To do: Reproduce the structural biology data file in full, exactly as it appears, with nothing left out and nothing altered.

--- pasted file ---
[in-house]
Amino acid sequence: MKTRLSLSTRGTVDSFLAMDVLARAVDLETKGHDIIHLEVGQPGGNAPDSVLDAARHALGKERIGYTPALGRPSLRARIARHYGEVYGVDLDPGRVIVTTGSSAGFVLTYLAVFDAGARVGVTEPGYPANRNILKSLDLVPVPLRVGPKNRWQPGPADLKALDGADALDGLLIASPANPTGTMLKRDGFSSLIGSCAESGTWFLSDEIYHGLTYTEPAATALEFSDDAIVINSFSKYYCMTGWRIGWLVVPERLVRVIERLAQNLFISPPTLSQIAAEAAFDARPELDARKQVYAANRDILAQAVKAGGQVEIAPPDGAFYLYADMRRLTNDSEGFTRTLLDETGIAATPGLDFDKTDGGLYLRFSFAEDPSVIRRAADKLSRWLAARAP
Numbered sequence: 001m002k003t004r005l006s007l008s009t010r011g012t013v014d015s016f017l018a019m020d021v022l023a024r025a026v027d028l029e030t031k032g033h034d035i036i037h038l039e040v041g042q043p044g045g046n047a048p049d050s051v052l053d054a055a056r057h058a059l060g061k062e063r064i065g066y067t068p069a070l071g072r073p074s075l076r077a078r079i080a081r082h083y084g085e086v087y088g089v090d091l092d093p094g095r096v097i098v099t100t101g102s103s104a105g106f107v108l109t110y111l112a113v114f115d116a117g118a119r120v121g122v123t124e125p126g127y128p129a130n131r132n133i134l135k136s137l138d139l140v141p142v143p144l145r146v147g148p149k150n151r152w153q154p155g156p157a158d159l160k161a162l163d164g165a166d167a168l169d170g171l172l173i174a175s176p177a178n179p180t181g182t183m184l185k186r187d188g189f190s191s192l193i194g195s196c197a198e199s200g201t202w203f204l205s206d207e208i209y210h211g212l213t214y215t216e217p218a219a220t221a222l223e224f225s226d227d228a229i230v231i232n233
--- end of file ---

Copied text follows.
[in-house]
Amino acid sequence: MKTRLSLSTRGTVDSFLAMDVLARAVDLETKGHDIIHLEVGQPGGNAPDSVLDAARHALGKERIGYTPALGRPSLRARIARHYGEVYGVDLDPGRVIVTTGSSAGFVLTYLAVFDAGARVGVTEPGYPANRNILKSLDLVPVPLRVGPKNRWQPGPADLKALDGADALDGLLIASPANPTGTMLKRDGFSSLIGSCAESGTWFLSDEIYHGLTYTEPAATALEFSDDAIVINSFSKYYCMTGWRIGWLVVPERLVRVIERLAQNLFISPPTLSQIAAEAAFDARPELDARKQVYAANRDILAQAVKAGGQVEIAPPDGAFYLYADMRRLTNDSEGFTRTLLDETGIAATPGLDFDKTDGGLYLRFSFAEDPSVIRRAADKLSRWLAARAP
Numbered sequence: 001m002k003t004r005l006s007l008s009t010r011g012t013v014d015s016f017l018a019m020d021v022l023a024r025a026v027d028l029e030t031k032g033h034d035i036i037h038l039e040v041g042q043p044g045g046n047a048p049d050s051v052l053d054a055a056r057h058a059l060g061k062e063r064i065g066y067t068p069a070l071g072r073p074s075l076r077a078r079i080a081r082h083y084g085e086v087y088g089v090d091l092d093p094g095r096v097i098v099t100t101g102s103s104a105g106f107v108l109t110y111l112a113v114f115d116a117g118a119r120v121g122v123t124e125p126g127y128p129a130n131r132n133i134l135k136s137l138d139l140v141p142v143p144l145r146v147g148p149k150n151r152w153q154p155g156p157a158d159l160k161a162l163d164g165a166d167a168l169d170g171l172l173i174a175s176p177a178n179p180t181g182t183m184l185k186r187d188g189f190s191s192l193i194g195s196c197a198e199s200g201t202w203f204l205s206d207e208i209y210h211g212l213t214y215t216e217p218a219a220t221a222l223e224f225s226d227d228a229i230v231i232n233